Pension funds subject to the Employee Retirement Income Security Act of 1974, (“ERISA”) serve as a significant source of institutional capital for the private equity market. As a result, many private equity funds seek ERISA investors. But ERISA plan investors are subject to a statutory and regulatory regime that imposes a very high standard of care (the “fiduciary standard of care”) and a number of prohibitions in connection with the investment of ERISA plan assets.
Depending on a fund’s structure and operations, the unwary private equity manager of a fund with ERISA plan investors can find itself an ERISA fiduciary, subject to many of the same stringent rules that apply to ERISA plans. Therefore, it is critical, private equity fund managers understand the plan asset rules, including how to be exempt from them, and the unique interests of ERISA plan investors.
If an investment fund is deemed to have plan assets, the general partner or managing member of the fund will become an ERISA fiduciary to its ERISA plan investors and subject to the ERISA fiduciary standard of care.
Congress adopted ERISA’s fiduciary standard of care to safeguard the investment of retirement assets, and in doing so, made ERISA fiduciaries subject to the highest standard of care under the law. An ERISA fiduciary is anyone who has, or exercises discretion over the assets of an ERISA plan. An ERISA fiduciary must discharge its duties prudently, solely in the interests of plan participants and beneficiaries, and for the exclusive purpose of providing benefits to participants and beneficiaries.
An ERISA fiduciary must also avoid direct or indirect plan transactions involving “parties in interest” and conflict of interest transactions (referred to as “prohibited transactions”). The definition of “party in interest” under ERISA is far reaching, and the consolidation of the financial services industry has extended its reach to entities without any apparent relationship to a plan. Fiduciaries can incur personal liability for fiduciary breaches, and the penalties for prohibited transactions can be extreme, ranging from excise taxes and restoring plan losses to disgorging profits and undoing transactions.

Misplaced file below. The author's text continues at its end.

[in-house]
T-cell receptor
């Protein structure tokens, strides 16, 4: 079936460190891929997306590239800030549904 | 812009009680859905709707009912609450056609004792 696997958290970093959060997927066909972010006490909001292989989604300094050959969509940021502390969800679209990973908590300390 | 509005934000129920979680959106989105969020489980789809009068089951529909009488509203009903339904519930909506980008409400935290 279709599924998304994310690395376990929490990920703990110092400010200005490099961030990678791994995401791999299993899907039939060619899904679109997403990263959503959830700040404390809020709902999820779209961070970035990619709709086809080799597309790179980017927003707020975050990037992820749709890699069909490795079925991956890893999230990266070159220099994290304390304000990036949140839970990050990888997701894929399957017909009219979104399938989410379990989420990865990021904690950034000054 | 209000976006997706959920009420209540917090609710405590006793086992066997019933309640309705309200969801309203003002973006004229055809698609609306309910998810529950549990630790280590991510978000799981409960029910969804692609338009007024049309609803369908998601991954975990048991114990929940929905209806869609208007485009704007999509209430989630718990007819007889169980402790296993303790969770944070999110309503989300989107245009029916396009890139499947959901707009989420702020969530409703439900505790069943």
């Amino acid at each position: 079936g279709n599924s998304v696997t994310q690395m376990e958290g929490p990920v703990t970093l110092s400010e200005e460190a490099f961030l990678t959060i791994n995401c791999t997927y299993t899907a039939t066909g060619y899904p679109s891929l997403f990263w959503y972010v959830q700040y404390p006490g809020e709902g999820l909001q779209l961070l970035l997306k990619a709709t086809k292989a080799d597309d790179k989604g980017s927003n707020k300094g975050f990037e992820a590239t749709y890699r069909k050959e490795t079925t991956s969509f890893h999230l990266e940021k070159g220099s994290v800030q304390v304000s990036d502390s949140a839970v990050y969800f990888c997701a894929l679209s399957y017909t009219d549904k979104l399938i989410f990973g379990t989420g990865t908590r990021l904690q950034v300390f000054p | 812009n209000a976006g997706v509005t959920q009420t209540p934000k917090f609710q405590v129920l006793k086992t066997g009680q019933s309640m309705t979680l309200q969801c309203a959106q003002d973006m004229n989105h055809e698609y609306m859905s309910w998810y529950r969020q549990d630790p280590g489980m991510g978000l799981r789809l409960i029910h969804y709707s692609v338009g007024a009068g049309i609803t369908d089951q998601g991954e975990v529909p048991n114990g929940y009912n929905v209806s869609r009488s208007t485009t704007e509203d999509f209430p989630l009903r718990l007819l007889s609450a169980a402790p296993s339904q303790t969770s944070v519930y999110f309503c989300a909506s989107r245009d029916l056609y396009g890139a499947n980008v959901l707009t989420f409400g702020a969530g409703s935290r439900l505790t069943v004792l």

Should an investment fund be found to have plan assets, any transaction with the fund may be deemed a transaction with each ERISA plan investor, which in turn, creates the risk that any transaction entered into by the fund in the ordinary course of its business could be a prohibited transaction.
Neither ERISA nor the Code explicitly defines the term “plan assets” as applied to entities in which an ERISA plan invests. However, the Department of Labor ( “Department”) adopted regulation 29 C.F.R. Section 2510.3-101, as amended by ERISA Section 3(42), which addresses investments by ERISA plans ( “Plan Asset Regulations”). In the preamble to the Plan Asset Regulations, the Department emphasized that Congress could not have intended for ERISA’s fiduciary responsibilities to apply when a plan directly retains an investment manager, but not when a manager is retained indirectly through a plan’s investment in a fund. Accordingly, under the Plan Asset Regulations, when an ERISA plan acquires an equity interest in an entity that is neither publicly traded nor a security issued by an investment company registered under the Investment Company Act of 1940 (e.g., a mutual fund), the assets of the ERISA plan investor include its acquired equity interest as well as an undivided interest in all of the underlying assets of the entity unless an exemption applies. This is often referred to as “look-through plan asset treatment,” and it can have severe consequences for the unknowing fund manager.
Exemptions to Look-Through Plan Asset Treatment
In simple terms, the purpose of the Plan Asset Regulations is to prevent investment fund managers from circumventing ERISA’s investment-related rules by providing investment services indirectly to ERISA plans (i.e., to entities in which ERISA plan investors invest). However, the Plan Asset Regulations provide exemptions from look-through plan asset treatment to certain types of entities, including certain investment funds as further described below.
Traditional Operating Companies